This week, Dr. Carter and I taped three episodes of Real Life with Laura. If you haven’t seen it yet, a new video goes live every other Friday morning. It’s fun to tape the banter we have, so we can share it with you.

One episode we taped, which airs in early November, is titled “How You Can Lose Yourself with a Narcissist.” In it, Dr. C and I review the characteristics of narcissists and how they steal your confidence, self-esteem, and identity.

About 5 minutes in, I asked if I could share my most significant blow from a narcissist. Dr. C looked at me wide-eyed and said, “Of course.” He understood what I was talking about.

The surgery

Last November, two days before Thanksgiving, my father had emergency triple bypass surgery. (Thanks to all of you who sent me emails and messages! He is doing well now.) Dad was in the hospital a week, then checked himself out. (He was resolute they were going to kill him.)

My parents insisted that they had everything under control. So I flew back to Dallas while my brother planned to check on Dad the following day in Little Rock.

Around 7 AM, my brother went to assess the situation. He found the floor a hot mess where the dog had peed and pooped, and there were dirty clothes everywhere. Unfortunately, my dad insisted my mother, a narcissist, needed sleep, so he didn’t wake her at 3 AM when he and the dog both needed to go to the bathroom.

My brother called me and said, “Start looking for nursing care.” A few hours and a lot of tears and stress later, I found a home health agency that could help that day. The sweetest nurses began coming in and assisting Dad to walk on a walker and dress. They also bathed him and listened to his endless stories from his childhood.

The follow-up

I drove back to Arkansas for my status check a few days later. Dad seemed happy, and his pain was abating from where the surgeons opened his chest to get to his heart. When I walked in, one of the nurses reviewed his 13 medications with me and said that Dad was in “good spirits.” Angela, the nurse, said it would be a pleasure to care for him anytime. (He has a great sense of humor. Ask me about the fireworks story sometime.)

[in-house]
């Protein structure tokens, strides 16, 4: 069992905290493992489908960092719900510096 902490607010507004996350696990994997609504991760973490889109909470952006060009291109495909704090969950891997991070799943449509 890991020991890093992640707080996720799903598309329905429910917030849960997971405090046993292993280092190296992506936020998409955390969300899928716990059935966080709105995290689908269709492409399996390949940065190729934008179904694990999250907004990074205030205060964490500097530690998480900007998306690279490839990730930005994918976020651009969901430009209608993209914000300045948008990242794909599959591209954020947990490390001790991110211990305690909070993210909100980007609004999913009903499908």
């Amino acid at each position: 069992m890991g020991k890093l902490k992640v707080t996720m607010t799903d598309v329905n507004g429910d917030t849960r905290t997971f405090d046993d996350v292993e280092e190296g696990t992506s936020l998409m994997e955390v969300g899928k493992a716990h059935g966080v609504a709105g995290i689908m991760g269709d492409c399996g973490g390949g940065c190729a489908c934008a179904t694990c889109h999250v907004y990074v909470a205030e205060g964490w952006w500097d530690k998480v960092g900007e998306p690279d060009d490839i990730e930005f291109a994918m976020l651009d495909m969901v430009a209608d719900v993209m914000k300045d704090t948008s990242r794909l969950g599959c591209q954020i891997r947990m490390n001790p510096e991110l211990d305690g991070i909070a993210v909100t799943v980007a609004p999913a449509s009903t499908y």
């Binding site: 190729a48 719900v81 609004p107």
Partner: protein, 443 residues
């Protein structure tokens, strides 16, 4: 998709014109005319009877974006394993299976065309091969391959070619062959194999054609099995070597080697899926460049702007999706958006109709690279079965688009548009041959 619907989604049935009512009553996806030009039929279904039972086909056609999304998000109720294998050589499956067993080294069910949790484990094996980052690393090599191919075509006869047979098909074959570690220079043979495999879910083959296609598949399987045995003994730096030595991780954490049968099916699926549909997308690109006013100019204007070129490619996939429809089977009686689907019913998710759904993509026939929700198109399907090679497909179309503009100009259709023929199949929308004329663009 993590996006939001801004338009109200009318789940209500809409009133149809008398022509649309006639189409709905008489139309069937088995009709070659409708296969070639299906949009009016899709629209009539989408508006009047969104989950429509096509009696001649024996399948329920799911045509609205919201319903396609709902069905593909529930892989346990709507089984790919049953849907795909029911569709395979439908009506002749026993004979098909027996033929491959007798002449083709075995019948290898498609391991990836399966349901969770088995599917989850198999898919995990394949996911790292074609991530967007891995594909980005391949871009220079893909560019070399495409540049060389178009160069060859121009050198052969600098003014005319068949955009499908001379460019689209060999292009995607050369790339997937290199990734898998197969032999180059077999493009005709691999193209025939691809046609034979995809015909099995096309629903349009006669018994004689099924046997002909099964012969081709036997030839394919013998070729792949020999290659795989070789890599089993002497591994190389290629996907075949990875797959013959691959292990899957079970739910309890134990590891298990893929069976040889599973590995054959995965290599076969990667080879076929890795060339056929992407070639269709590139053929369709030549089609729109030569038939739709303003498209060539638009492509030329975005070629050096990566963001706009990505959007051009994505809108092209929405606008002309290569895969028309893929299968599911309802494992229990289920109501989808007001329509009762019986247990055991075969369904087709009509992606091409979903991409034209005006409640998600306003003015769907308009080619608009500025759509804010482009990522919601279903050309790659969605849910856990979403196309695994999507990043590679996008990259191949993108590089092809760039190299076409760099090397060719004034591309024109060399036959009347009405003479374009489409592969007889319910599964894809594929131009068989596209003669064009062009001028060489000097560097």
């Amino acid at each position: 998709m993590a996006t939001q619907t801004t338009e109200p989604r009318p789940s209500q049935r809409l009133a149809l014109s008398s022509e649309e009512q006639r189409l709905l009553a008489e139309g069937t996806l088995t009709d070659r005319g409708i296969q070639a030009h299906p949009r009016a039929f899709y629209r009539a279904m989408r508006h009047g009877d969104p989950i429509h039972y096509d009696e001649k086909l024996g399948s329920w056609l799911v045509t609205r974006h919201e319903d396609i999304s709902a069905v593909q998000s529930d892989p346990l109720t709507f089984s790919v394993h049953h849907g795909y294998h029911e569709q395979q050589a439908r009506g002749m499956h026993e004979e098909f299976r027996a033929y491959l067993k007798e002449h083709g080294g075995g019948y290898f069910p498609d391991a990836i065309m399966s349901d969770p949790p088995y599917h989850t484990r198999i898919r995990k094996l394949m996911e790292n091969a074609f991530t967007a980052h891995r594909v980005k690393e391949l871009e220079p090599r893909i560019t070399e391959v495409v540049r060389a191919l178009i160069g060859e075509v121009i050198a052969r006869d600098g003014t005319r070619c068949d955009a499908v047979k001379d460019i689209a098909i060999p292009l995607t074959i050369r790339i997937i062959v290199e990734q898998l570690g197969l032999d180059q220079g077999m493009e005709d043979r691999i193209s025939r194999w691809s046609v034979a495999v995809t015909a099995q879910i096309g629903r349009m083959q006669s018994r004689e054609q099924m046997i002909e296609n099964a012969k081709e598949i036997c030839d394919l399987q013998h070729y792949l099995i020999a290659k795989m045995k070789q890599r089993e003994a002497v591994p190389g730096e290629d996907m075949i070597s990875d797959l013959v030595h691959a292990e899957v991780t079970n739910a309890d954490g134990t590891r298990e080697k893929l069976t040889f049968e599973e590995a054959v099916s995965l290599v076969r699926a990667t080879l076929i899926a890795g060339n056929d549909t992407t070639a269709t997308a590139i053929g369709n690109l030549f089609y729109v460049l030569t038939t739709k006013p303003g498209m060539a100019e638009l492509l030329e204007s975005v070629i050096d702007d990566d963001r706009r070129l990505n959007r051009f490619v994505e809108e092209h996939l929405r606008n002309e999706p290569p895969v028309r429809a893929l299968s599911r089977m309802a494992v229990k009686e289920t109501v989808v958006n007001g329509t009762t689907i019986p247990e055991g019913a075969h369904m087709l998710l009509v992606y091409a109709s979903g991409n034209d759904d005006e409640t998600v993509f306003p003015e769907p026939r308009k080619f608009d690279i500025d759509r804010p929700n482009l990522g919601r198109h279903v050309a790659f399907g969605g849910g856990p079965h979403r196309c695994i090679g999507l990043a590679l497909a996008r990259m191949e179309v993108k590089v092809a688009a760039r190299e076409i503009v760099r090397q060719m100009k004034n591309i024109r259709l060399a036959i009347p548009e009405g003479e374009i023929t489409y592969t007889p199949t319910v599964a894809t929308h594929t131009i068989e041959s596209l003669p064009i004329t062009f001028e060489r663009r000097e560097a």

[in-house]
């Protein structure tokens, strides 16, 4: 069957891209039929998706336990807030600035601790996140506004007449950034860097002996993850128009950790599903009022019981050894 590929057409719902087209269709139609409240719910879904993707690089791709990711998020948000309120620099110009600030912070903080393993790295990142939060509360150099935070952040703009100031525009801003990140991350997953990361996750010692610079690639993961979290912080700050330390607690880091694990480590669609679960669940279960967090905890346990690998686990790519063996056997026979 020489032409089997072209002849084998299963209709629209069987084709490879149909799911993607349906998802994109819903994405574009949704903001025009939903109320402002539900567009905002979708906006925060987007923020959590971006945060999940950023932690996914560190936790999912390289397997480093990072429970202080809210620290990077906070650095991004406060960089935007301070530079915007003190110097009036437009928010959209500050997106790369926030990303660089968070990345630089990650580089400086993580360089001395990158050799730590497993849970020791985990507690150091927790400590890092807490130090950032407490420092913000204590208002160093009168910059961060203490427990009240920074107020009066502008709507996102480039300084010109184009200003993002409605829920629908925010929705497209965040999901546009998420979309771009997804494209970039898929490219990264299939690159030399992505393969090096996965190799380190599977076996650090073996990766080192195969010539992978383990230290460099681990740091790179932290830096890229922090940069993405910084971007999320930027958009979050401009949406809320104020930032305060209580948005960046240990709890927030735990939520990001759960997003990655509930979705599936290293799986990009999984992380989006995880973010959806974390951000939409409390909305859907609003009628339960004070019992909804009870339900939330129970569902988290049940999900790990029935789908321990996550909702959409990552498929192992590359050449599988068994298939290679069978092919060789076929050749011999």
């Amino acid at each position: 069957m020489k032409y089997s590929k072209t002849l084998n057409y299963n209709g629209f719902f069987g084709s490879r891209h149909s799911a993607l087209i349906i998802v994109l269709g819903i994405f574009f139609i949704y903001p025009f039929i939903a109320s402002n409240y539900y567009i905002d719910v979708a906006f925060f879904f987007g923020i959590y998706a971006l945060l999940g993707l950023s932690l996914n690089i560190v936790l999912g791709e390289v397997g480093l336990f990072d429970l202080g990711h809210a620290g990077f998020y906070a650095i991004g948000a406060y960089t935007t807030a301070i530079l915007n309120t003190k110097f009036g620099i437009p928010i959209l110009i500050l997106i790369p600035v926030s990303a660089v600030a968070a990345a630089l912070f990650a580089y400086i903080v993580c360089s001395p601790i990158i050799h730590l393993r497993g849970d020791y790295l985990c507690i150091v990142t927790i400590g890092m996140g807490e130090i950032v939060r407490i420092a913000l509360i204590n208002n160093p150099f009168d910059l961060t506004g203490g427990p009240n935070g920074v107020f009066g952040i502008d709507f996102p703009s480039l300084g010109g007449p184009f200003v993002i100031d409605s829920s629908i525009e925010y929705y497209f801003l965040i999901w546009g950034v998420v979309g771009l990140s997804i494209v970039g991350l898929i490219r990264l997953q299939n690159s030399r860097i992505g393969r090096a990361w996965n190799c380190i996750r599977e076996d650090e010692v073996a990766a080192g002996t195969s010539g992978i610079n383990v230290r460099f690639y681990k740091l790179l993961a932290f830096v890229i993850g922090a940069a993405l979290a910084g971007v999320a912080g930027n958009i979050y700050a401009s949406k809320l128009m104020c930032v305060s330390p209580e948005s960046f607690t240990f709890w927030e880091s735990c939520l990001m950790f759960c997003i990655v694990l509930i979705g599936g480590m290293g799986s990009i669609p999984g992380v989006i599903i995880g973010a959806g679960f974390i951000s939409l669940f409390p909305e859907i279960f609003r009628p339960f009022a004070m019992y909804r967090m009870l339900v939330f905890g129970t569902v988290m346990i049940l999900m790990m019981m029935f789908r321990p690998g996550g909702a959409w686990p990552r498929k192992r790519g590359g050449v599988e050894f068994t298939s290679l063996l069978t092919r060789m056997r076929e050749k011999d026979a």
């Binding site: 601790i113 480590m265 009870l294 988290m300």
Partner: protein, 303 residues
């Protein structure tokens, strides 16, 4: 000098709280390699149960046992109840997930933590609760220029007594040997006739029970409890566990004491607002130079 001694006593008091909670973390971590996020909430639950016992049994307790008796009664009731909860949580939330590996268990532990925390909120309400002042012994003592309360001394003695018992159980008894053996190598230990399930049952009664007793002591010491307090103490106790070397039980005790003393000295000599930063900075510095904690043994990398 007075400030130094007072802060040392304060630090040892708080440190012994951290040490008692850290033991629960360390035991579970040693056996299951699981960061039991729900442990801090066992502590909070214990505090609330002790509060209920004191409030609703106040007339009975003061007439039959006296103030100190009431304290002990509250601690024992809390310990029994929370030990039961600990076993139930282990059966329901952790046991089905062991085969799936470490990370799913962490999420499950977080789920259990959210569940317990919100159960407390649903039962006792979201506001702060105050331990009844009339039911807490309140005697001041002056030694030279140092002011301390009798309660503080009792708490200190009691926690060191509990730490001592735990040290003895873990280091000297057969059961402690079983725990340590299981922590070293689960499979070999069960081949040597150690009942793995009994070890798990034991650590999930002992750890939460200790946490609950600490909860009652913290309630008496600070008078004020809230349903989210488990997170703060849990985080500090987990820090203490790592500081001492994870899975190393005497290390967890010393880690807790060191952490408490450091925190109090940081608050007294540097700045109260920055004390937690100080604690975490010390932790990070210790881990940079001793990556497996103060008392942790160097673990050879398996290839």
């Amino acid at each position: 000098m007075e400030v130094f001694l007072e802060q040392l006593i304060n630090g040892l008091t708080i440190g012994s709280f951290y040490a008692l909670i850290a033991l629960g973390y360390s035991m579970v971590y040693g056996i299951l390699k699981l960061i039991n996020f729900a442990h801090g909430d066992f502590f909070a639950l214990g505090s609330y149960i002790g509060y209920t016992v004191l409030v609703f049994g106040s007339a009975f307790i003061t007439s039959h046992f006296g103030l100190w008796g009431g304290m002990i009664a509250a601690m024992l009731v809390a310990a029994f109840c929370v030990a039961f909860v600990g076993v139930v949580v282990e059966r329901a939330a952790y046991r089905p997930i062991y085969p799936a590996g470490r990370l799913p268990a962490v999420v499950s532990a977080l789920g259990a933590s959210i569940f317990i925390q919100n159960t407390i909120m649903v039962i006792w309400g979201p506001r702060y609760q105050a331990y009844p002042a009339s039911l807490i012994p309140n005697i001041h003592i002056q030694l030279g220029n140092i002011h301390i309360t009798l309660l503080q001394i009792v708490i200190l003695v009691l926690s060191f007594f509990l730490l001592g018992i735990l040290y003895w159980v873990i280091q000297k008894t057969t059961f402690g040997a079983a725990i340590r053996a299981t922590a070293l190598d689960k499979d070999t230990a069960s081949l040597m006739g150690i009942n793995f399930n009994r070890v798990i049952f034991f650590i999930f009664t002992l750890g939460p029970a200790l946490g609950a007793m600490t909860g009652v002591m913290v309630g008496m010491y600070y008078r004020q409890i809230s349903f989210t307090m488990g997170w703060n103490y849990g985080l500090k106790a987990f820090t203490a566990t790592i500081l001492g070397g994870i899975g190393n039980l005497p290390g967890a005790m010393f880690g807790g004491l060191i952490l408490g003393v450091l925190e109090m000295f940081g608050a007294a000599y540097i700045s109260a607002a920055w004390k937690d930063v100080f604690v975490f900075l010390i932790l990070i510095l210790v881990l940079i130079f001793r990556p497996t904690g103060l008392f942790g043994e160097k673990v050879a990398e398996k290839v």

Later that evening, Dad thanked me for scheduling the nursing supervision. Mother chimed in and tersely said, “I wish I would’ve known about it. We could’ve handled it, Laura. We didn’t need them.”

I reminded her of the mess my brother found when Dad tried to go to the bathroom on his own and let the dog out. (Mistake #1: Don’t correct the narcissist. Ever.)

Mother looked at me and loudly said, “I wish you had never been born.”

Silence ensued, and when I finally gathered my emotions and my suitcase, I got in my rental car and made two phone calls: one to my brother and the other to Dr. C.

The lesson

Dr. C was the only person that night I could call who would understand this dynamic. We talked for a few minutes, agreed it was the most horrible thing a parent could ever say to a child, then we made a pact: No matter what, we had to keep going. We had to tell the world about narcissism.

Narcissists damage people every day and in every country. Our mission started to help the one or two people who needed it. Now we have half a million survivors in a community called “Team Healthy.” You battle every day to heal from this abuse.

After I told my story for the episode, Dr. C looked at me with tears in his eyes. Then, he said, “Thank you for being on my team.”

Well, Dr. C, thank you for being on mine. And to you, a survivor: thank you for being YOU.

You are worthy.

You are loved.

You are enough.